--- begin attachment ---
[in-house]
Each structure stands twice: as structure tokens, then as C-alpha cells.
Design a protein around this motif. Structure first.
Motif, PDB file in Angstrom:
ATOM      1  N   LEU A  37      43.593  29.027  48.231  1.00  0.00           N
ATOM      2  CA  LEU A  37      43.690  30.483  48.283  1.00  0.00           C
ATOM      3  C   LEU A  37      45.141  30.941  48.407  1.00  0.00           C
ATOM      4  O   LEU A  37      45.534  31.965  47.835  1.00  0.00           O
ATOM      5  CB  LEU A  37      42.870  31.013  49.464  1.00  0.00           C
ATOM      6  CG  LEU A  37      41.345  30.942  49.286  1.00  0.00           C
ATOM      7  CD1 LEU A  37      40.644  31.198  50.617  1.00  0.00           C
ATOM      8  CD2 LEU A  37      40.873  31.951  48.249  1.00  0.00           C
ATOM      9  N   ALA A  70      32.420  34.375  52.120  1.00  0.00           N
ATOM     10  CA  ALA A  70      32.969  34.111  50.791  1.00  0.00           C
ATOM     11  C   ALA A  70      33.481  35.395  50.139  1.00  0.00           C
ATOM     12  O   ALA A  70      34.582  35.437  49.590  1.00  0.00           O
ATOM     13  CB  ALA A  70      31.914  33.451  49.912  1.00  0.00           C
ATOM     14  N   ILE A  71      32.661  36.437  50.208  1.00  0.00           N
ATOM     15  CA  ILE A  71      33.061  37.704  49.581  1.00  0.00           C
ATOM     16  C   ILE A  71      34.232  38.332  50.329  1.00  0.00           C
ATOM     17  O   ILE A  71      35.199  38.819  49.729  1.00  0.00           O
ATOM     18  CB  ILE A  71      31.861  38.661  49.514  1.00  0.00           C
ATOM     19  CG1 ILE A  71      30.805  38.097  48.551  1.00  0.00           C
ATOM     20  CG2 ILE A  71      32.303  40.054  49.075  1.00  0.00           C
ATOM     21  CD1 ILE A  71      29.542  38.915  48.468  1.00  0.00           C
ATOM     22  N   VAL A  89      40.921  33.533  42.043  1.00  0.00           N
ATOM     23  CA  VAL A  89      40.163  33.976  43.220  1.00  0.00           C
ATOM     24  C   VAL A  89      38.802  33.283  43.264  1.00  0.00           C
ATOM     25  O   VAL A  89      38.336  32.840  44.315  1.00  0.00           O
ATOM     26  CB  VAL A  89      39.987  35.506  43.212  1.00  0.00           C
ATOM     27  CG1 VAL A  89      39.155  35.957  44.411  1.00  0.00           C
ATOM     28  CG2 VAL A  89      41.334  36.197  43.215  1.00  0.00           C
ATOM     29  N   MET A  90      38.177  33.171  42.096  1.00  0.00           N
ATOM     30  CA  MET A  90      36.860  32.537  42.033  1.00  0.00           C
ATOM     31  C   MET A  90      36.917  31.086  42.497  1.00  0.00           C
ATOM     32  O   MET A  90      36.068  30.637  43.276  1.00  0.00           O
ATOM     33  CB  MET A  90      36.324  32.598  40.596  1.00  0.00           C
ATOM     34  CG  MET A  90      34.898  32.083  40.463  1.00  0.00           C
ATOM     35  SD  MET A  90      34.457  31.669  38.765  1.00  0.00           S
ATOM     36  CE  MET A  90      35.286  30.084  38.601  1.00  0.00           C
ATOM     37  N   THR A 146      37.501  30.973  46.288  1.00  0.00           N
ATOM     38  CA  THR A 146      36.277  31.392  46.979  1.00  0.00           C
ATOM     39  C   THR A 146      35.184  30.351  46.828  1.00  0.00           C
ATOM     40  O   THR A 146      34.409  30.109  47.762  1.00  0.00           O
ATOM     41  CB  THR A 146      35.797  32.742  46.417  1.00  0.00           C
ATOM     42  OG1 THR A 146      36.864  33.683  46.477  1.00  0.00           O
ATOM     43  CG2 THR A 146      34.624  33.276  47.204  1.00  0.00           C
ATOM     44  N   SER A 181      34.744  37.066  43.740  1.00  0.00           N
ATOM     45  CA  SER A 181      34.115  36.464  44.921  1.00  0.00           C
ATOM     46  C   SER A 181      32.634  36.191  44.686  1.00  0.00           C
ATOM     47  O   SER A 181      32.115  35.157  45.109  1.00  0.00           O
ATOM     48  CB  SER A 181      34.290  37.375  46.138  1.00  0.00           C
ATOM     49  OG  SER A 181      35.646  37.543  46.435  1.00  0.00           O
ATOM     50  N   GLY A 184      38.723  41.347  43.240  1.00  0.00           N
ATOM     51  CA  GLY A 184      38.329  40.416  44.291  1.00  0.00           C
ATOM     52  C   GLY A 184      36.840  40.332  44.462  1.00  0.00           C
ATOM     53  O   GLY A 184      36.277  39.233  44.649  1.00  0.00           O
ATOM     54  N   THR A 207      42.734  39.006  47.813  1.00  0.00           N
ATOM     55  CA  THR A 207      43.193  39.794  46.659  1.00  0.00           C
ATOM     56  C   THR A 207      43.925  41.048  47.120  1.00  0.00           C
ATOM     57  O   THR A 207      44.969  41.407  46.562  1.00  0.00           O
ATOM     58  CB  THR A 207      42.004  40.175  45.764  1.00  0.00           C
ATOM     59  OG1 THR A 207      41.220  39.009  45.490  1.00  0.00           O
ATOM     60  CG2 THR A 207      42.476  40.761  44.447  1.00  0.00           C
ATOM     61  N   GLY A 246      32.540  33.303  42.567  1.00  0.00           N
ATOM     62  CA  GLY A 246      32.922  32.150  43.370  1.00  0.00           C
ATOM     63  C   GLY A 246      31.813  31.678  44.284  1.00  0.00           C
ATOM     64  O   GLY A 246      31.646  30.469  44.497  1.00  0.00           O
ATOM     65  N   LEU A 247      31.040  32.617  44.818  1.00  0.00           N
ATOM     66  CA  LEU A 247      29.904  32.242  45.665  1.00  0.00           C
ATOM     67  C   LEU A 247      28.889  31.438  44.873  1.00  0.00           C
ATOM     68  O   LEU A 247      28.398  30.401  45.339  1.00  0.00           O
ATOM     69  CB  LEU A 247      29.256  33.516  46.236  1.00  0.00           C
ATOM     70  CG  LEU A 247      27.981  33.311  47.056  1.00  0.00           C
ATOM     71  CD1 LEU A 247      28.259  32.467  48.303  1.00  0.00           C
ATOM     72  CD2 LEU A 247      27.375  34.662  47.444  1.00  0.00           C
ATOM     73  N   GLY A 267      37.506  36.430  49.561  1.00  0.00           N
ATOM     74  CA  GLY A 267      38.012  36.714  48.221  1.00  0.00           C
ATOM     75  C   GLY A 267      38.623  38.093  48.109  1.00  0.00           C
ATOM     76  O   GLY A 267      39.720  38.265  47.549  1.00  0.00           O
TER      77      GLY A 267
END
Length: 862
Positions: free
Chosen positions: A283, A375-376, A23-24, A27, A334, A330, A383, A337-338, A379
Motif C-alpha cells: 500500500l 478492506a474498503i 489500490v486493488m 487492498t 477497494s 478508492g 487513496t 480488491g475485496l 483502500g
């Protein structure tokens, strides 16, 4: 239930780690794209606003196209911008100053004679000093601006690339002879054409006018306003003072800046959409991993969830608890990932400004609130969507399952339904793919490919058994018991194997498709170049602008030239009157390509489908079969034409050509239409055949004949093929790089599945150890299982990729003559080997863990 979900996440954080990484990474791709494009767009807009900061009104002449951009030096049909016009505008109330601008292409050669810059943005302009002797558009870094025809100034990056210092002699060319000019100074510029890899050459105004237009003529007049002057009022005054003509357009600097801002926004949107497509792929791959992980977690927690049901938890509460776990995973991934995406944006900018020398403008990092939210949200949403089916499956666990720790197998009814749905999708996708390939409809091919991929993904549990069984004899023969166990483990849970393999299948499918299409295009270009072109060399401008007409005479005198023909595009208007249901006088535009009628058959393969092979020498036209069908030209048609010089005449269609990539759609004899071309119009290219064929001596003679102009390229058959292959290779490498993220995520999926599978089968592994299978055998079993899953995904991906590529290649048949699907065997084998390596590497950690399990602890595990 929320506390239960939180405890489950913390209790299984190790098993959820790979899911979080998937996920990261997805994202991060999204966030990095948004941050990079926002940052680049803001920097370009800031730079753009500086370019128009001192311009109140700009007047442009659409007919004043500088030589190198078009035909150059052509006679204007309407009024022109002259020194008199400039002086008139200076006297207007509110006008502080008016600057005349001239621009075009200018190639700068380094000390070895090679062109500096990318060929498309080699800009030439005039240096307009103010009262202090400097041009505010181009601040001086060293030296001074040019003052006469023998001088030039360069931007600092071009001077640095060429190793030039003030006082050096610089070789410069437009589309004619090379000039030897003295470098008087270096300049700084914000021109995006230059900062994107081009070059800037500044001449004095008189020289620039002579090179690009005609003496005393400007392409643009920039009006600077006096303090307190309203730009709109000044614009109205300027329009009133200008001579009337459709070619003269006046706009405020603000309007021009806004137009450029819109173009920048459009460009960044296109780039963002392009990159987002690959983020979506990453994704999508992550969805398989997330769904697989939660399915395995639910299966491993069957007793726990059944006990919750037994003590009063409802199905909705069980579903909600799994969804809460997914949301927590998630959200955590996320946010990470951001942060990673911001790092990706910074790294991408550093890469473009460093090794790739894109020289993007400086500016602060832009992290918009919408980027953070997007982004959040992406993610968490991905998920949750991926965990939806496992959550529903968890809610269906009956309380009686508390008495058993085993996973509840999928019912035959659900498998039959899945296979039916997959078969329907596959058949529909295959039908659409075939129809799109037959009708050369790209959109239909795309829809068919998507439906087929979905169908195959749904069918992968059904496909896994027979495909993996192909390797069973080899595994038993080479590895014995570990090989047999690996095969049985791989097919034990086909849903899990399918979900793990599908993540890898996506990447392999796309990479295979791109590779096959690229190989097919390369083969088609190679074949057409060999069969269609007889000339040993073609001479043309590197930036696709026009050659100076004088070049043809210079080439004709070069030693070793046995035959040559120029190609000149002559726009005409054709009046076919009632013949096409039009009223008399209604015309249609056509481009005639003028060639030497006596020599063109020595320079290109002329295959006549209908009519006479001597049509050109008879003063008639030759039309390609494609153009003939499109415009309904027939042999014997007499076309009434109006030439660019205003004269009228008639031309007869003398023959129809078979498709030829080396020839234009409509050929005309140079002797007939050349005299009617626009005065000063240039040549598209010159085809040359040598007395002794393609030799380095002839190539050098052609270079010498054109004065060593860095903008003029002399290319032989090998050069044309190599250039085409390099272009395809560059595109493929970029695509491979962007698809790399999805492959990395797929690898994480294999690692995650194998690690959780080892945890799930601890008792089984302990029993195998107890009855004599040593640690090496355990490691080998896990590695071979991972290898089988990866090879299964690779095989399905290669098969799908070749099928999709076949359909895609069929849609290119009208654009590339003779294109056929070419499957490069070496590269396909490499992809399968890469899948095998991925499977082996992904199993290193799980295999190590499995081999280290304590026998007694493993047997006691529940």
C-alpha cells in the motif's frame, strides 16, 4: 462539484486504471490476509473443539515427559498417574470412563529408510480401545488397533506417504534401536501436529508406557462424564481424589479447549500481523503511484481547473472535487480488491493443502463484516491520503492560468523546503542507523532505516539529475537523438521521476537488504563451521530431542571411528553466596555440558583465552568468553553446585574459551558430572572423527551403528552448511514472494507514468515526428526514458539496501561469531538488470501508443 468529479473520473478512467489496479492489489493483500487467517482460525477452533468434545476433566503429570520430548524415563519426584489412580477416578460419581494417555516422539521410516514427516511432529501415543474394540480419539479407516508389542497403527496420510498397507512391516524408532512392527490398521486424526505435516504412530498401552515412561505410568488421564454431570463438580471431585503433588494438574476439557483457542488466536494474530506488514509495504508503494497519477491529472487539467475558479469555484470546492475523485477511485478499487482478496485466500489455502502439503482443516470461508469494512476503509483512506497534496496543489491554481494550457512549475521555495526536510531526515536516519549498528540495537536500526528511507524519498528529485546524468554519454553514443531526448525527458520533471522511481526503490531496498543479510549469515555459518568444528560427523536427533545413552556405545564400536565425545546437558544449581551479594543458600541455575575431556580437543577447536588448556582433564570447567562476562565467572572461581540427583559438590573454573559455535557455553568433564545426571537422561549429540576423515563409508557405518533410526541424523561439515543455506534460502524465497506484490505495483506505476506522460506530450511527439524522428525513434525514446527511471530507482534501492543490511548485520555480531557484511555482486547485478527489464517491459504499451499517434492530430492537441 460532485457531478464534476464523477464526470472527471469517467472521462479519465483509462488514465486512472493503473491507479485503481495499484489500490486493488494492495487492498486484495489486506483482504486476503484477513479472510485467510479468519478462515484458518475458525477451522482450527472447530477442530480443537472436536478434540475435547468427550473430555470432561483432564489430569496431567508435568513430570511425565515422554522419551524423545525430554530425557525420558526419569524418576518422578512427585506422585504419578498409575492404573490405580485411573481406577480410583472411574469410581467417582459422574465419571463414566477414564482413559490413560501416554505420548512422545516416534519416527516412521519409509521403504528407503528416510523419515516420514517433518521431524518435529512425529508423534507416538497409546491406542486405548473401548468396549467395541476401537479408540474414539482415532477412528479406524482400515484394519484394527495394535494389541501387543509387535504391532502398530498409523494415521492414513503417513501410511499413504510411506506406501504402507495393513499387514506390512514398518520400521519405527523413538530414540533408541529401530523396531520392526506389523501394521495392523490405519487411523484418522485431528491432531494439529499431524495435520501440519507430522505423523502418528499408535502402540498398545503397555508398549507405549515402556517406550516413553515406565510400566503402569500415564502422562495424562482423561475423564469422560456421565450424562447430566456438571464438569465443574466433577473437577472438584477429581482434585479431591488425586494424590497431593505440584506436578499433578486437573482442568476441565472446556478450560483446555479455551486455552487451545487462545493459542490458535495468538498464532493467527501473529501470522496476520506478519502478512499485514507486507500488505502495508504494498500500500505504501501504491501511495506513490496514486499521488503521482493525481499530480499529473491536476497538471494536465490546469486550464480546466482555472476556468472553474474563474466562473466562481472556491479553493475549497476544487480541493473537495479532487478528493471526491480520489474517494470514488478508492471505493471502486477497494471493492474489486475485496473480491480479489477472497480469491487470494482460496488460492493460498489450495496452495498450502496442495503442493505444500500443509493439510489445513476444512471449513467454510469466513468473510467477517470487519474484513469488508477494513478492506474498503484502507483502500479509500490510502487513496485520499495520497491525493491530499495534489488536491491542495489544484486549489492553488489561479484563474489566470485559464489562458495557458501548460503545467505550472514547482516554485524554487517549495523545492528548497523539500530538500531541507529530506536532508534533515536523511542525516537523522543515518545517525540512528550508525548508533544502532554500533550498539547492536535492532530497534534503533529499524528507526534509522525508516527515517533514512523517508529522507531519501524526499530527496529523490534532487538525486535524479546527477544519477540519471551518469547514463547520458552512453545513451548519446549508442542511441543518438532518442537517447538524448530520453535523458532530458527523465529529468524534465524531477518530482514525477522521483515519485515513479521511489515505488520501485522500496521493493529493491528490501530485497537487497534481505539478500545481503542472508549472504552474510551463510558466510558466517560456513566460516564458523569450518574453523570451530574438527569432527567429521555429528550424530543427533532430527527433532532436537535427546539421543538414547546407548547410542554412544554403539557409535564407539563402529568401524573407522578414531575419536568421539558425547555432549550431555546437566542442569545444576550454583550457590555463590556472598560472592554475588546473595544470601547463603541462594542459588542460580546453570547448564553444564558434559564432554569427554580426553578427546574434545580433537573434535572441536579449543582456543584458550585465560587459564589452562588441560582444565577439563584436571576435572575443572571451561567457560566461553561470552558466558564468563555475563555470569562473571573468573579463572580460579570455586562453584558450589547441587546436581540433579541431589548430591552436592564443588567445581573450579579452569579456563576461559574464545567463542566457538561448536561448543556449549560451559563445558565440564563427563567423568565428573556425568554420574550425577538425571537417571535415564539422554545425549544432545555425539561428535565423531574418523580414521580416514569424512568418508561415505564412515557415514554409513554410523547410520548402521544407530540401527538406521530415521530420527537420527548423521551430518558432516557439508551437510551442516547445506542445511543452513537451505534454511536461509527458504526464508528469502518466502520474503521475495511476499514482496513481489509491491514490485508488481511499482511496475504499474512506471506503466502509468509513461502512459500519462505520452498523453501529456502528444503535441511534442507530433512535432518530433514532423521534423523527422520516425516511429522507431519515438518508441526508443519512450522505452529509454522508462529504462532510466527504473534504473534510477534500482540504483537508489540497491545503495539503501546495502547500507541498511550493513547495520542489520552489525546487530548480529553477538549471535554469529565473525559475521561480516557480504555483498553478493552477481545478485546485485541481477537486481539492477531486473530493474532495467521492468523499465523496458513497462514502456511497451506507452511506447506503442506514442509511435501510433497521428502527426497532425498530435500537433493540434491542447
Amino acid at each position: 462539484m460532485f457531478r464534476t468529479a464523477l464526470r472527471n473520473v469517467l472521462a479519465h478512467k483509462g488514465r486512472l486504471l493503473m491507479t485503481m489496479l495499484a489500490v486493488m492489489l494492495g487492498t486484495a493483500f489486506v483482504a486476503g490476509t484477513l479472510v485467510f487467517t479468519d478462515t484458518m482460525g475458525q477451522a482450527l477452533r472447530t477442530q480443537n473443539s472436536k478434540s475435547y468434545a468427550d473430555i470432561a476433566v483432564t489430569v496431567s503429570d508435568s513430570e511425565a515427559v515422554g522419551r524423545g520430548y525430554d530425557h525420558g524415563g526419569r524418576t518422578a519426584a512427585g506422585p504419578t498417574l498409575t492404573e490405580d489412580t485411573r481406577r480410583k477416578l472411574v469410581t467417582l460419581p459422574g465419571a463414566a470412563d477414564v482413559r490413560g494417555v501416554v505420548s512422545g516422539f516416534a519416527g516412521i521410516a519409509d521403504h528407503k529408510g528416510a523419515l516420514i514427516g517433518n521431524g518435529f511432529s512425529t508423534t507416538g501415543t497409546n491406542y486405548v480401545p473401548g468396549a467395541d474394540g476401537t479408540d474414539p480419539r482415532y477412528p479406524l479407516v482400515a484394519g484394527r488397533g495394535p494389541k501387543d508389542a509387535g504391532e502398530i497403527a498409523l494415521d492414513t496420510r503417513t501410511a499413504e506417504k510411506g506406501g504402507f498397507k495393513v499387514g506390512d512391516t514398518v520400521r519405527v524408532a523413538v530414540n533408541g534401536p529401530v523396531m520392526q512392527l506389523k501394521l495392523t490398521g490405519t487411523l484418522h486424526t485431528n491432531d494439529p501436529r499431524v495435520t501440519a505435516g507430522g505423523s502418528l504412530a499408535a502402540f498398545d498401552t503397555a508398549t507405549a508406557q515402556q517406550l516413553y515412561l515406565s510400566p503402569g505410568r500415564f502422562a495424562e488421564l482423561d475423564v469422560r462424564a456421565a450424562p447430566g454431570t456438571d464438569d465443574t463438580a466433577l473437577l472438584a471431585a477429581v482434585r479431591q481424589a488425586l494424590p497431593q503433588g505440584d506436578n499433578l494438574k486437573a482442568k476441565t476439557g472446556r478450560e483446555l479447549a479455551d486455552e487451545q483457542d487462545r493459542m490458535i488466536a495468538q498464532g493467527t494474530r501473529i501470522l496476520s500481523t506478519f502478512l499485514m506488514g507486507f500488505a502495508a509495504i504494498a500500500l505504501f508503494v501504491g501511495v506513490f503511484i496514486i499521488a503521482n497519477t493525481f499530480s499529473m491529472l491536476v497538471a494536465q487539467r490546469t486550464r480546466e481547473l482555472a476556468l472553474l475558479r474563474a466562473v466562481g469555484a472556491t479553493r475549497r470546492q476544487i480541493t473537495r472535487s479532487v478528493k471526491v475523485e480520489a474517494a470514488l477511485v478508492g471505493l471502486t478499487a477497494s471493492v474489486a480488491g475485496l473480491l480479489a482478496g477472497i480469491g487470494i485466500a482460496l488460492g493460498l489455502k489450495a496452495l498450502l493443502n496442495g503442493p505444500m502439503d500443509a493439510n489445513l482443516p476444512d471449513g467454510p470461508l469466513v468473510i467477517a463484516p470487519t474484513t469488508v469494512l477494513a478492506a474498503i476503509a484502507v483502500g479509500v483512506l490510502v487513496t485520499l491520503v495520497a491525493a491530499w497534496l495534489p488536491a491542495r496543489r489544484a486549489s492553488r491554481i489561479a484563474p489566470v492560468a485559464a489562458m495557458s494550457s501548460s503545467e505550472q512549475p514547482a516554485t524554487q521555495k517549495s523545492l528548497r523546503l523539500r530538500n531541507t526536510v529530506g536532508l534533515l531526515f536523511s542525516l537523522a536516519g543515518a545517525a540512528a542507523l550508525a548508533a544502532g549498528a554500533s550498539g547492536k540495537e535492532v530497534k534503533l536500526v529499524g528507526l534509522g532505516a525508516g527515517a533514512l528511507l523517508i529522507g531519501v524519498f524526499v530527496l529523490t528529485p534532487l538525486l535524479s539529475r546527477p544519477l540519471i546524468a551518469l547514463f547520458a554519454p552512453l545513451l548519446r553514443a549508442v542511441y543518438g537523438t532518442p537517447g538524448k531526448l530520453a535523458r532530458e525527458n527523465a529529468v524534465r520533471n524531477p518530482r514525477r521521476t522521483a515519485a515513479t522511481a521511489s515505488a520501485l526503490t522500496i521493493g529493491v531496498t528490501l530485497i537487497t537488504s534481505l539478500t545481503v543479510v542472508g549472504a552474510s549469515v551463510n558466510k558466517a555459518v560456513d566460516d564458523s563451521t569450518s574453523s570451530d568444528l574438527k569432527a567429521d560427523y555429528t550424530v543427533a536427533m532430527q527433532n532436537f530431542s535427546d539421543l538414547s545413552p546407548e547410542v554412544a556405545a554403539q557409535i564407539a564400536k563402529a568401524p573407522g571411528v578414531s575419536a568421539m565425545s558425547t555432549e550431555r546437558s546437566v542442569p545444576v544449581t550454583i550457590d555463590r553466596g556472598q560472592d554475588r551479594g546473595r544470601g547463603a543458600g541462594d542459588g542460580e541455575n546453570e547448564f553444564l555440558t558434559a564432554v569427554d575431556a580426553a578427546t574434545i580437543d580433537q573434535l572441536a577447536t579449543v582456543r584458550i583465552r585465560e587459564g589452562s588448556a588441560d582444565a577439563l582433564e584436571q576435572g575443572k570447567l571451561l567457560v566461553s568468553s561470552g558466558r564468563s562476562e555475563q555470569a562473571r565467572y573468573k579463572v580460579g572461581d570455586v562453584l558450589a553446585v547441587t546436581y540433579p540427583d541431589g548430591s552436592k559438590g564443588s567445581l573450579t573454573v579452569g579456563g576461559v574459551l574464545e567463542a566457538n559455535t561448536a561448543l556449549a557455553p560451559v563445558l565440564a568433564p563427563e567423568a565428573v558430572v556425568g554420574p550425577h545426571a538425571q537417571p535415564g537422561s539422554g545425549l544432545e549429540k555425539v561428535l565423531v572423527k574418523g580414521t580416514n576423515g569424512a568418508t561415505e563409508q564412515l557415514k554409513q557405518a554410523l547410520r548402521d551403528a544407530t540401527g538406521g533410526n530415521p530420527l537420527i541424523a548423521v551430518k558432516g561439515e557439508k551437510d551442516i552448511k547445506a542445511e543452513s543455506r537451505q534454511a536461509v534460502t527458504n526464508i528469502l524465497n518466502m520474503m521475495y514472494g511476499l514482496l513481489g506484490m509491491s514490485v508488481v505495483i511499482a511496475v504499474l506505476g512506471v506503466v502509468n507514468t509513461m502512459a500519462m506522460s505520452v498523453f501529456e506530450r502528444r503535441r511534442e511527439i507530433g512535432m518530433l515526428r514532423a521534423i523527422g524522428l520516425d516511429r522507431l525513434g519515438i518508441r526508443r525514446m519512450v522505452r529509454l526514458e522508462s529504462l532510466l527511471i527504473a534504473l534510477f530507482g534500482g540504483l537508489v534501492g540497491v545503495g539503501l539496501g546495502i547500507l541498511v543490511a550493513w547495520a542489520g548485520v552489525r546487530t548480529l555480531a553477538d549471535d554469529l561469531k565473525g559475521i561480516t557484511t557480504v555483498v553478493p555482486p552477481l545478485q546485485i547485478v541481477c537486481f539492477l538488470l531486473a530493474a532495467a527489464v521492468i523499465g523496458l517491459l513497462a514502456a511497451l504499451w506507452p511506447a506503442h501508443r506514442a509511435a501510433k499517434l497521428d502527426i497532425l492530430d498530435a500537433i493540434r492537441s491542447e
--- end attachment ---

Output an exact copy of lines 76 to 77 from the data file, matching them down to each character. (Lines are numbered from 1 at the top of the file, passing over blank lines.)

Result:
ATOM     72  CD2 LEU A 247      27.375  34.662  47.444  1.00  0.00           C
ATOM     73  N   GLY A 267      37.506  36.430  49.561  1.00  0.00           N